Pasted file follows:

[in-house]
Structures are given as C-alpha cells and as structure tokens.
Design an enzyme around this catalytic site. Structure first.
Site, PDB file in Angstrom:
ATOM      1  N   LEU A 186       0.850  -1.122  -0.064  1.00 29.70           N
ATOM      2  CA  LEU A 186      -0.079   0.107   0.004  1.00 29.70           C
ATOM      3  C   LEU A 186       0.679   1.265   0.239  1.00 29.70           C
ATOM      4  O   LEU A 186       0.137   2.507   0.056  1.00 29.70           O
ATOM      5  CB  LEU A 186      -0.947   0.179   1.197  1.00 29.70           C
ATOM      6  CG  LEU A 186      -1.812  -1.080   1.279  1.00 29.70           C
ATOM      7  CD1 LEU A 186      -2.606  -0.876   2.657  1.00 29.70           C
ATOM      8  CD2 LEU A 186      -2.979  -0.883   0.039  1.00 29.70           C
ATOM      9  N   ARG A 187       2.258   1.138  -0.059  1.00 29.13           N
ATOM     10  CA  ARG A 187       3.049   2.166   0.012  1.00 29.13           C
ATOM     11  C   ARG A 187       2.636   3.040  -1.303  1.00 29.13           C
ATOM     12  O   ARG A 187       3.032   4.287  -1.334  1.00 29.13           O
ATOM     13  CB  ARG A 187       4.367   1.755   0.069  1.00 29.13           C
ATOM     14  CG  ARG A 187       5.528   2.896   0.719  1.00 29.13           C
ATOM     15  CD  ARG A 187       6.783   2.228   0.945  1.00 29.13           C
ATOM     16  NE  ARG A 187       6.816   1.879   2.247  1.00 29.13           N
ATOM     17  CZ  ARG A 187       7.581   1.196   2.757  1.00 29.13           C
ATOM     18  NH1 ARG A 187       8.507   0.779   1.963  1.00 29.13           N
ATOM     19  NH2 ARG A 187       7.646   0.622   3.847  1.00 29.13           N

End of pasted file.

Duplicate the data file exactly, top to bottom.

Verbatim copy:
[in-house]
Structures are given as C-alpha cells and as structure tokens.
Design an enzyme around this catalytic site. Structure first.
Site, PDB file in Angstrom:
ATOM      1  N   LEU A 186       0.850  -1.122  -0.064  1.00 29.70           N
ATOM      2  CA  LEU A 186      -0.079   0.107   0.004  1.00 29.70           C
ATOM      3  C   LEU A 186       0.679   1.265   0.239  1.00 29.70           C
ATOM      4  O   LEU A 186       0.137   2.507   0.056  1.00 29.70           O
ATOM      5  CB  LEU A 186      -0.947   0.179   1.197  1.00 29.70           C
ATOM      6  CG  LEU A 186      -1.812  -1.080   1.279  1.00 29.70           C
ATOM      7  CD1 LEU A 186      -2.606  -0.876   2.657  1.00 29.70           C
ATOM      8  CD2 LEU A 186      -2.979  -0.883   0.039  1.00 29.70           C
ATOM      9  N   ARG A 187       2.258   1.138  -0.059  1.00 29.13           N
ATOM     10  CA  ARG A 187       3.049   2.166   0.012  1.00 29.13           C
ATOM     11  C   ARG A 187       2.636   3.040  -1.303  1.00 29.13           C
ATOM     12  O   ARG A 187       3.032   4.287  -1.334  1.00 29.13           O
ATOM     13  CB  ARG A 187       4.367   1.755   0.069  1.00 29.13           C
ATOM     14  CG  ARG A 187       5.528   2.896   0.719  1.00 29.13           C
ATOM     15  CD  ARG A 187       6.783   2.228   0.945  1.00 29.13           C
ATOM     16  NE  ARG A 187       6.816   1.879   2.247  1.00 29.13           N
ATOM     17  CZ  ARG A 187       7.581   1.196   2.757  1.00 29.13           C
ATOM     18  NH1 ARG A 187       8.507   0.779   1.963  1.00 29.13           N
ATOM     19  NH2 ARG A 187       7.646   0.622   3.847  1.00 29.13           N